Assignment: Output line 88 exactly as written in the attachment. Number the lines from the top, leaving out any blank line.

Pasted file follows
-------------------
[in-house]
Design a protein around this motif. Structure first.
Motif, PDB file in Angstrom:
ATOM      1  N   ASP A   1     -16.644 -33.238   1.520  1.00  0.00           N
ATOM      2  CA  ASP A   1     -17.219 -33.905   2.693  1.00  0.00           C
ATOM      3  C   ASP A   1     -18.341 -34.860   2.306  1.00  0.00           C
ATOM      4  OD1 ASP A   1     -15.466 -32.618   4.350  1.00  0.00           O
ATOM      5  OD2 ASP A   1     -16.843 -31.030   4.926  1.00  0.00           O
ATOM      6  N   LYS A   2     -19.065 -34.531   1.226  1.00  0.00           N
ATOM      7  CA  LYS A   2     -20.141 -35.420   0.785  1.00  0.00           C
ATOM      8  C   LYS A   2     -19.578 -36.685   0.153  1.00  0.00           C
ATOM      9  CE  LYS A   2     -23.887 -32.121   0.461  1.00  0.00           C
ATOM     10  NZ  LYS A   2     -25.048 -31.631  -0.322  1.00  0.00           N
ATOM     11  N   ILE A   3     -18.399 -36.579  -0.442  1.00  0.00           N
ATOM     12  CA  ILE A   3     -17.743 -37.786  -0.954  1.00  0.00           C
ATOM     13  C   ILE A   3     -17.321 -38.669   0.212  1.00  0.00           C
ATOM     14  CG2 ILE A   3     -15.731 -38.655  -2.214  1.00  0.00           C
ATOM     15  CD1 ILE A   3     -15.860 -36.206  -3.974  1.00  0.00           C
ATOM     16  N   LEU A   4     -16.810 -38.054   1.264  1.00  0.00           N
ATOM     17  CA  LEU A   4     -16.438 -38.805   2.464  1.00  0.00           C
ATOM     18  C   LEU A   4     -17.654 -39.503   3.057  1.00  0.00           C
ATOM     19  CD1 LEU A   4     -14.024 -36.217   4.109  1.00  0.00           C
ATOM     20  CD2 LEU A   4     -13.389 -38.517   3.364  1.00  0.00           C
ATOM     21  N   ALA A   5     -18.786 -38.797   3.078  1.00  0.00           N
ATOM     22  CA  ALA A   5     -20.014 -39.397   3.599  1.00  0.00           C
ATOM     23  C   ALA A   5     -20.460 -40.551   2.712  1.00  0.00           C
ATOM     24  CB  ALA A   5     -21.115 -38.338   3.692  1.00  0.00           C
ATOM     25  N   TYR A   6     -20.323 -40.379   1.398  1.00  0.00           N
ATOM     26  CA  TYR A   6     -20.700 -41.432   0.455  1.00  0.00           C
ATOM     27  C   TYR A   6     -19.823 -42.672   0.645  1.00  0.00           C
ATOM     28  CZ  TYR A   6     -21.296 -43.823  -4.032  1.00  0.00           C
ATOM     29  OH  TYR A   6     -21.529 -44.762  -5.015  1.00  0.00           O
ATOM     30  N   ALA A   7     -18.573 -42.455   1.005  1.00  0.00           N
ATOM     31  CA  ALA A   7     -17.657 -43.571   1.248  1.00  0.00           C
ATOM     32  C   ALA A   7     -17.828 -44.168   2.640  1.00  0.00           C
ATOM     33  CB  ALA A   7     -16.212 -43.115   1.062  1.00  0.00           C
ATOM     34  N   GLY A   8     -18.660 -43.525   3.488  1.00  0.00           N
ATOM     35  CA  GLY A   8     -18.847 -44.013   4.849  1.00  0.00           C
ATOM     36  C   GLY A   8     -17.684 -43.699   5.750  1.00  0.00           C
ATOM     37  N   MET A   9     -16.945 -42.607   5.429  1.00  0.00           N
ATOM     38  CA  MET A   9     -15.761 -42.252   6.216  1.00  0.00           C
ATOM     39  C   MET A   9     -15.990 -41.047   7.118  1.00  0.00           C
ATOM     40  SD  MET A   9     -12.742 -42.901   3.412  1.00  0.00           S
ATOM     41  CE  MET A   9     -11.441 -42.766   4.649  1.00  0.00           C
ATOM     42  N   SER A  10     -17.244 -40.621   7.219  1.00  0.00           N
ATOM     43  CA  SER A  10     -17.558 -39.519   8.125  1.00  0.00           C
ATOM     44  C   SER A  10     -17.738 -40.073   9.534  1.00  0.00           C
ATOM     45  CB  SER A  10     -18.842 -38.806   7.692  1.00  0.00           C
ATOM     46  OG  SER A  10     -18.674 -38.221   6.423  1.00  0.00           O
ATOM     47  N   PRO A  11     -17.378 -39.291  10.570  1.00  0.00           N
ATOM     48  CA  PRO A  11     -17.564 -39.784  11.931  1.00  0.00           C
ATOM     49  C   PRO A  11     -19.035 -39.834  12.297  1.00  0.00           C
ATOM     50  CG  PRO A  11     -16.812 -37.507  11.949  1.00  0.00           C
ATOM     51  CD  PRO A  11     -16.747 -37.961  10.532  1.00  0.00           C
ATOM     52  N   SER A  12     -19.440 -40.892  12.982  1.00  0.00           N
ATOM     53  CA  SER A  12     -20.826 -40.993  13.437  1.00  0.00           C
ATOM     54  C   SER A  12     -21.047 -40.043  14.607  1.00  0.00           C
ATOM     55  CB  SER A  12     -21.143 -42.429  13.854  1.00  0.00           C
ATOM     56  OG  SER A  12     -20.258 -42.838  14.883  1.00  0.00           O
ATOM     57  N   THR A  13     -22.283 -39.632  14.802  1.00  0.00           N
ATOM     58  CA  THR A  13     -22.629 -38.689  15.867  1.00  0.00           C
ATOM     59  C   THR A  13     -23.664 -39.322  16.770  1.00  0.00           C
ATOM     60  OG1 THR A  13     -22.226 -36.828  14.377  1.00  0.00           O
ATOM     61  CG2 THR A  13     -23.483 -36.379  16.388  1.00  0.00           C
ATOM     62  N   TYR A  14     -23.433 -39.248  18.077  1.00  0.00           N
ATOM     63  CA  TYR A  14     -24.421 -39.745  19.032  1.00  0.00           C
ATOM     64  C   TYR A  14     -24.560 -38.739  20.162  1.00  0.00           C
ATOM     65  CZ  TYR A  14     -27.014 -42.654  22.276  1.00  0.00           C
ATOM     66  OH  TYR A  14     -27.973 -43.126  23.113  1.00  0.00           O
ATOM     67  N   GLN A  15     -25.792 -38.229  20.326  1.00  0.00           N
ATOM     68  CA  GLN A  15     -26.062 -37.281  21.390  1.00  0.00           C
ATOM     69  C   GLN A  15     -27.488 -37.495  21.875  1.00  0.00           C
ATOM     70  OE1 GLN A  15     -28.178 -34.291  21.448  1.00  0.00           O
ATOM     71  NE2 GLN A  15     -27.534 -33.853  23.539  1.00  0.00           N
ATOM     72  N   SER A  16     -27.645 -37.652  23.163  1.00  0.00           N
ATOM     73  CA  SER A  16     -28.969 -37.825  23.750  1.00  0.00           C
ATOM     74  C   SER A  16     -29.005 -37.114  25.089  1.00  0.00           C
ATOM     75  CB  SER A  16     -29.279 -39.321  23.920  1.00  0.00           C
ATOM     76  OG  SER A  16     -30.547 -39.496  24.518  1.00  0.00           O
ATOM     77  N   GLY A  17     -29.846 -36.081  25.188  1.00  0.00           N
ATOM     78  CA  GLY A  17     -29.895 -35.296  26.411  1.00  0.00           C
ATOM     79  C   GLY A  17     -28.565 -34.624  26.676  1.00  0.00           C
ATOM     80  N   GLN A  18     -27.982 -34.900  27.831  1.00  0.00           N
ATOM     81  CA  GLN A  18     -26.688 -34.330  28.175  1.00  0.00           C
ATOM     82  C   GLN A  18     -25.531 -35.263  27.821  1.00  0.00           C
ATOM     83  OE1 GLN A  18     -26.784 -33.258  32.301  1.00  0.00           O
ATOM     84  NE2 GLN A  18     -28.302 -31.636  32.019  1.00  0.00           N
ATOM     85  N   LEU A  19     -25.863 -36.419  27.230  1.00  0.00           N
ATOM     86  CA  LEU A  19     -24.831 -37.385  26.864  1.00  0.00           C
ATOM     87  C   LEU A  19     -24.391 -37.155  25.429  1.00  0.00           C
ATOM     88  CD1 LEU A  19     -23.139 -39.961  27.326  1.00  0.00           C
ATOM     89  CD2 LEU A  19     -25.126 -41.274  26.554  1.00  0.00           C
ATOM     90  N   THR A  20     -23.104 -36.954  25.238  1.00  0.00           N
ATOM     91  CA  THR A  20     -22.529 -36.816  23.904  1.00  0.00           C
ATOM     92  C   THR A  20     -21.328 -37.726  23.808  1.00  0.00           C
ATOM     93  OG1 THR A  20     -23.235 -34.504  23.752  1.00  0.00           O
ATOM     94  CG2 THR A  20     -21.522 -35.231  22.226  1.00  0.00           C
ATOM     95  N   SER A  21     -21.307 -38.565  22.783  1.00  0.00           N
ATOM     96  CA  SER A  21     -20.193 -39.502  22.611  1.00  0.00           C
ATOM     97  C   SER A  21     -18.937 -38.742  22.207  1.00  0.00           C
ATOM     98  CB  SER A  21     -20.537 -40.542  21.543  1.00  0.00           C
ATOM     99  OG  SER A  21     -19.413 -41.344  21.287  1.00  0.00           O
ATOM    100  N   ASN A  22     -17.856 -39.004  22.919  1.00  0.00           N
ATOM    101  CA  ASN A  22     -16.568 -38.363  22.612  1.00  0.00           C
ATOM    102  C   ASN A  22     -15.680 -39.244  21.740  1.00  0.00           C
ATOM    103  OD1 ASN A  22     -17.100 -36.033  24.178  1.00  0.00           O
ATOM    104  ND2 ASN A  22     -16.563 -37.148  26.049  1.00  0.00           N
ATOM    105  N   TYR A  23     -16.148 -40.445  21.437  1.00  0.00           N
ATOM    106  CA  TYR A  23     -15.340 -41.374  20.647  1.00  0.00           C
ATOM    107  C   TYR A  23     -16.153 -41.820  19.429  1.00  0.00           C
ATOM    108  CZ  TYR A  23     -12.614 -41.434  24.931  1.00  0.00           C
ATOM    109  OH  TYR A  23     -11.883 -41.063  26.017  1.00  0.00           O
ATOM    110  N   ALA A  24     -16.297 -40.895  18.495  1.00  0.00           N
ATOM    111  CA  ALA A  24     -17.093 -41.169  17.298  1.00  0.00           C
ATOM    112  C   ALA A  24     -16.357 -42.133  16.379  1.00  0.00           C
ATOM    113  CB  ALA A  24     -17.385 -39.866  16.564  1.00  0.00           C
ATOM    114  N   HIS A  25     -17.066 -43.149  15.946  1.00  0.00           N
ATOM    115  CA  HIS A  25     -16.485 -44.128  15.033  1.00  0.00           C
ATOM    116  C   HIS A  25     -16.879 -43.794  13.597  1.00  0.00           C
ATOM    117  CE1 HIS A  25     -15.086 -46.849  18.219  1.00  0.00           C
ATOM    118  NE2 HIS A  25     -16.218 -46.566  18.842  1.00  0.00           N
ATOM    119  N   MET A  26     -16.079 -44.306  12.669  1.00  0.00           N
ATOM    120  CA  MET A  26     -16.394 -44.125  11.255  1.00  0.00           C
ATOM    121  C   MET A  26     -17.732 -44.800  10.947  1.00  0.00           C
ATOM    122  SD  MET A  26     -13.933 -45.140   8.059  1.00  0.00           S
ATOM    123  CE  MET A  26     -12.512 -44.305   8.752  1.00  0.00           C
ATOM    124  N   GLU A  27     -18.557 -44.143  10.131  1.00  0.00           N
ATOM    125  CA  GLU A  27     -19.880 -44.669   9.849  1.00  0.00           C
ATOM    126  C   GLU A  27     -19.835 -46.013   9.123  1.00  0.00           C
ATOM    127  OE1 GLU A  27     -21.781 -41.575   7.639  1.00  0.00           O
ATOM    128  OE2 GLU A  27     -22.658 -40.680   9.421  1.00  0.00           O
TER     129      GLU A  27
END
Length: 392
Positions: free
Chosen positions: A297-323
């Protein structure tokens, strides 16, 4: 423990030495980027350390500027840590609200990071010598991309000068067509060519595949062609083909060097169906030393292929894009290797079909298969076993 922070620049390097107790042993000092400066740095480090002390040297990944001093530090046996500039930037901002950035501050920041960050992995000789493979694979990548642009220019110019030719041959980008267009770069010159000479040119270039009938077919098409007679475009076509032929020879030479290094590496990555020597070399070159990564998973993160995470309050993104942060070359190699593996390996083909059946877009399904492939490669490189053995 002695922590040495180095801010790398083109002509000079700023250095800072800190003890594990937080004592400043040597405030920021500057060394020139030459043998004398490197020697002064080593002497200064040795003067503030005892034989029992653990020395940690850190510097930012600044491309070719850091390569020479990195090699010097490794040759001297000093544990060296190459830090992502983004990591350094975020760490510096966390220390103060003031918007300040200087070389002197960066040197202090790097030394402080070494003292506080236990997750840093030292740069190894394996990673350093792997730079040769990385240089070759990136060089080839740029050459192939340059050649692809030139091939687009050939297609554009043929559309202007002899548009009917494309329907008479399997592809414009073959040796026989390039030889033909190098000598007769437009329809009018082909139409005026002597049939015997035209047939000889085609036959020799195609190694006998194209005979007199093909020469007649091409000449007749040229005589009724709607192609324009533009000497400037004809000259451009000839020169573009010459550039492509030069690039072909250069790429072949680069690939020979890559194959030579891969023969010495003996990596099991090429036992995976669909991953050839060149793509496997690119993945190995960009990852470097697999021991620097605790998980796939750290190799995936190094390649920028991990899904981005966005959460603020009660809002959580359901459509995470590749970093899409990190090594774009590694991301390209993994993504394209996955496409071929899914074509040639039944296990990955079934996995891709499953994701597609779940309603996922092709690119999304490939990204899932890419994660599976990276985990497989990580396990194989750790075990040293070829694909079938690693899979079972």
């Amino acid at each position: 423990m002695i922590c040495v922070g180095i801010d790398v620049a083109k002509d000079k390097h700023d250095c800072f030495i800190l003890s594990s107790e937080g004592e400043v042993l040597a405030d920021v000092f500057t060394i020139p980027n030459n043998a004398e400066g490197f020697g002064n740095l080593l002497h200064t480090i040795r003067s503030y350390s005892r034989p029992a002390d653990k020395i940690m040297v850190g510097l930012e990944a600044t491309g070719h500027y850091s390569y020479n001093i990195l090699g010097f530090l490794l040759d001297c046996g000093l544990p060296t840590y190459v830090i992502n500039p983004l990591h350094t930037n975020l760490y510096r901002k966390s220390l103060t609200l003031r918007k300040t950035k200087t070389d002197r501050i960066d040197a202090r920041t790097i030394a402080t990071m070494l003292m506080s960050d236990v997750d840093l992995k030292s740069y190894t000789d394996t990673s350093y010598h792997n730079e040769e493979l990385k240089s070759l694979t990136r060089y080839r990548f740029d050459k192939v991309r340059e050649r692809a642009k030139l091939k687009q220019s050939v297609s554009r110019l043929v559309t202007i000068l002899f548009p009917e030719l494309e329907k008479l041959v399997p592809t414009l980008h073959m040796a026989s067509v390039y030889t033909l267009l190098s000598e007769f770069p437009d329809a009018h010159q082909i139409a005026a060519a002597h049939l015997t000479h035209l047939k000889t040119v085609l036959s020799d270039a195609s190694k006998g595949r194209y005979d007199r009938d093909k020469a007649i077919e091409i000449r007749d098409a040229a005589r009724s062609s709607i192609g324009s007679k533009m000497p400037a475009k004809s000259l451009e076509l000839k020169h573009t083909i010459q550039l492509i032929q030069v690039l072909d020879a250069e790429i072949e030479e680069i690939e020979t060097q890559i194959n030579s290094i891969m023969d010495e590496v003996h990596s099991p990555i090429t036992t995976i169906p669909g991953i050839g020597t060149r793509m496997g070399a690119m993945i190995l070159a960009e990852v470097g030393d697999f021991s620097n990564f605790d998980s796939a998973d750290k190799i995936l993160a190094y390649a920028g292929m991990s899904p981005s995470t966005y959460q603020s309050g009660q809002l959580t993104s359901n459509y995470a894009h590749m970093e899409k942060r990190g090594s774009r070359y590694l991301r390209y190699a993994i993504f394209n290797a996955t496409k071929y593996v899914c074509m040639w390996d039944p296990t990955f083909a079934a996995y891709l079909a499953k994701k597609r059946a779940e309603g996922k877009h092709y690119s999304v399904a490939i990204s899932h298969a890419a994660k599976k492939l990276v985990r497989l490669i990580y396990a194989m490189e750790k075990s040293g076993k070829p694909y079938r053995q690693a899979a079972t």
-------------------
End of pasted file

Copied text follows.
ATOM     85  N   LEU A  19     -25.863 -36.419  27.230  1.00  0.00           N